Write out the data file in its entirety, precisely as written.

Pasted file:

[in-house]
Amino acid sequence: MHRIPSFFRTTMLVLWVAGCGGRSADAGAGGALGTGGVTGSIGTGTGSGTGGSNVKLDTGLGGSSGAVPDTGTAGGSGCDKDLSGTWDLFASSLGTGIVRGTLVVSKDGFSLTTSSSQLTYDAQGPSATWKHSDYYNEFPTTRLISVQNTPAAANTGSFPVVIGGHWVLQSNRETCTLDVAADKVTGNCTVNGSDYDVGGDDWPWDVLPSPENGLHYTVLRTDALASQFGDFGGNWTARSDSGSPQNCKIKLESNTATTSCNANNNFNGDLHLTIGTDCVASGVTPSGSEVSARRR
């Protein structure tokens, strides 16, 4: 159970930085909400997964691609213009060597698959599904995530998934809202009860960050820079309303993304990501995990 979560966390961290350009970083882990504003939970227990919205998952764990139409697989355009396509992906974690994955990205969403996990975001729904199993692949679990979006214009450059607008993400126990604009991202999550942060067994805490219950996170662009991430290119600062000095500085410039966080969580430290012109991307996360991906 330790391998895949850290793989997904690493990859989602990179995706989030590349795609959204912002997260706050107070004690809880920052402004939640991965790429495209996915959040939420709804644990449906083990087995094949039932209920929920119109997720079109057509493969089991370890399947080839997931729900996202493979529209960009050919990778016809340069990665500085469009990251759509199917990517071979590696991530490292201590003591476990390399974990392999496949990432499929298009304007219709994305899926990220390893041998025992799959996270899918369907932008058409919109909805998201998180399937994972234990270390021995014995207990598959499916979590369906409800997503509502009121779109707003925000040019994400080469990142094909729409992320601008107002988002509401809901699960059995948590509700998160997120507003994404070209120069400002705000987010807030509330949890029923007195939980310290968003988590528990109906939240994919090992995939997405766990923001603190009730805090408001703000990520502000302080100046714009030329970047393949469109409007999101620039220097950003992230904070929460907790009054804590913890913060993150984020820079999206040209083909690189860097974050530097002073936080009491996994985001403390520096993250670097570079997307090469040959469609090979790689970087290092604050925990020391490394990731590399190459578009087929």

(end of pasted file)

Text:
[in-house]
Amino acid sequence: MHRIPSFFRTTMLVLWVAGCGGRSADAGAGGALGTGGVTGSIGTGTGSGTGGSNVKLDTGLGGSSGAVPDTGTAGGSGCDKDLSGTWDLFASSLGTGIVRGTLVVSKDGFSLTTSSSQLTYDAQGPSATWKHSDYYNEFPTTRLISVQNTPAAANTGSFPVVIGGHWVLQSNRETCTLDVAADKVTGNCTVNGSDYDVGGDDWPWDVLPSPENGLHYTVLRTDALASQFGDFGGNWTARSDSGSPQNCKIKLESNTATTSCNANNNFNGDLHLTIGTDCVASGVTPSGSEVSARRR
């Protein structure tokens, strides 16, 4: 159970930085909400997964691609213009060597698959599904995530998934809202009860960050820079309303993304990501995990 979560966390961290350009970083882990504003939970227990919205998952764990139409697989355009396509992906974690994955990205969403996990975001729904199993692949679990979006214009450059607008993400126990604009991202999550942060067994805490219950996170662009991430290119600062000095500085410039966080969580430290012109991307996360991906 330790391998895949850290793989997904690493990859989602990179995706989030590349795609959204912002997260706050107070004690809880920052402004939640991965790429495209996915959040939420709804644990449906083990087995094949039932209920929920119109997720079109057509493969089991370890399947080839997931729900996202493979529209960009050919990778016809340069990665500085469009990251759509199917990517071979590696991530490292201590003591476990390399974990392999496949990432499929298009304007219709994305899926990220390893041998025992799959996270899918369907932008058409919109909805998201998180399937994972234990270390021995014995207990598959499916979590369906409800997503509502009121779109707003925000040019994400080469990142094909729409992320601008107002988002509401809901699960059995948590509700998160997120507003994404070209120069400002705000987010807030509330949890029923007195939980310290968003988590528990109906939240994919090992995939997405766990923001603190009730805090408001703000990520502000302080100046714009030329970047393949469109409007999101620039220097950003992230904070929460907790009054804590913890913060993150984020820079999206040209083909690189860097974050530097002073936080009491996994985001403390520096993250670097570079997307090469040959469609090979790689970087290092604050925990020391490394990731590399190459578009087929």